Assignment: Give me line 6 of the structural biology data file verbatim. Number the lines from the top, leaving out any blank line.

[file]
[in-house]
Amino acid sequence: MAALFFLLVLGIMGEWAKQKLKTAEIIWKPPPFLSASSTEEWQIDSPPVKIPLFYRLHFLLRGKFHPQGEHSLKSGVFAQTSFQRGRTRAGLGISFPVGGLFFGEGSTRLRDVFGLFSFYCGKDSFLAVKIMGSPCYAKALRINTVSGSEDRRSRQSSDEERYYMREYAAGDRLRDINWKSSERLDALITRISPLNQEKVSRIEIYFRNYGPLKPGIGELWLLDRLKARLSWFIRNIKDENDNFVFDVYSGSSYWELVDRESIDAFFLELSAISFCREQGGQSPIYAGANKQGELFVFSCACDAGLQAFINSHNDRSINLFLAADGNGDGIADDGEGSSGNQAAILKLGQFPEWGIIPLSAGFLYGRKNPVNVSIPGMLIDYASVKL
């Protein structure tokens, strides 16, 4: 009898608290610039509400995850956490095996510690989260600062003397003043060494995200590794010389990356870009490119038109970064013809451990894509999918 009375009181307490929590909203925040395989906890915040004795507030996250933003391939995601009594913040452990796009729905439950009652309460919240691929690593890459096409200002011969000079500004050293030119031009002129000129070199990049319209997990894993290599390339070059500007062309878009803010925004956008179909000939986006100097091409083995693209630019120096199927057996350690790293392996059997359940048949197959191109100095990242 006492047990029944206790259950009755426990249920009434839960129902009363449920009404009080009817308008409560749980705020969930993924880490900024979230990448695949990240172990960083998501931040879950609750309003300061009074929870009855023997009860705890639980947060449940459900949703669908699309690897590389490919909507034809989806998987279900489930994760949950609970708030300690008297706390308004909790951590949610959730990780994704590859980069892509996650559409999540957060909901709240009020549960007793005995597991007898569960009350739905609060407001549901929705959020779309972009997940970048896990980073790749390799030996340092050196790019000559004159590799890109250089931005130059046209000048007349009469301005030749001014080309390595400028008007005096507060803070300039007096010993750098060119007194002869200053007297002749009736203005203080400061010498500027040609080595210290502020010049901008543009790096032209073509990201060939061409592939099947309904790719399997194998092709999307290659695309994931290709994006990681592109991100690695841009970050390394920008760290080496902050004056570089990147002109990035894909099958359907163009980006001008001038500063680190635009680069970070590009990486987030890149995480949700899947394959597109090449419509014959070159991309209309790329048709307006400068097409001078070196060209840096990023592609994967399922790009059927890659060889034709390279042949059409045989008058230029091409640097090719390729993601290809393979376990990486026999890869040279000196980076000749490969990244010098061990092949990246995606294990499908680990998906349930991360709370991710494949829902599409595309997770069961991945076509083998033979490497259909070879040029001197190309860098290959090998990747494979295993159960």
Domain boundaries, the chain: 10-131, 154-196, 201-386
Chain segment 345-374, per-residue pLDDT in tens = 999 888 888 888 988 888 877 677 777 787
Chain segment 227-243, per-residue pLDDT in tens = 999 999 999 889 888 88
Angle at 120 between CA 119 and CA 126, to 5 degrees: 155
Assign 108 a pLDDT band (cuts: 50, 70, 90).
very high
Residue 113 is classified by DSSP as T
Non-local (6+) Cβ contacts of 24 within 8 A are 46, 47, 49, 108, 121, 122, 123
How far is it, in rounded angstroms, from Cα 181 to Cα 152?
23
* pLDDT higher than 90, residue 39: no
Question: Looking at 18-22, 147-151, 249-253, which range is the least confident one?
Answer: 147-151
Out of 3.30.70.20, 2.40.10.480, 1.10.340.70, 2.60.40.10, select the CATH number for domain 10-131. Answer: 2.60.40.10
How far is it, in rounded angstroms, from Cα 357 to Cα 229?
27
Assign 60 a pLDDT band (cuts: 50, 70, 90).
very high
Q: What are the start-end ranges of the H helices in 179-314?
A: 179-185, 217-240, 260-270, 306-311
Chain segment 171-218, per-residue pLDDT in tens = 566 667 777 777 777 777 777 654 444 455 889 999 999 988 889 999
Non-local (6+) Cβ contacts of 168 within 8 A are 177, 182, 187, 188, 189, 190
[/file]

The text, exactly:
Chain segment 227-243, per-residue pLDDT in tens = 999 999 999 889 888 88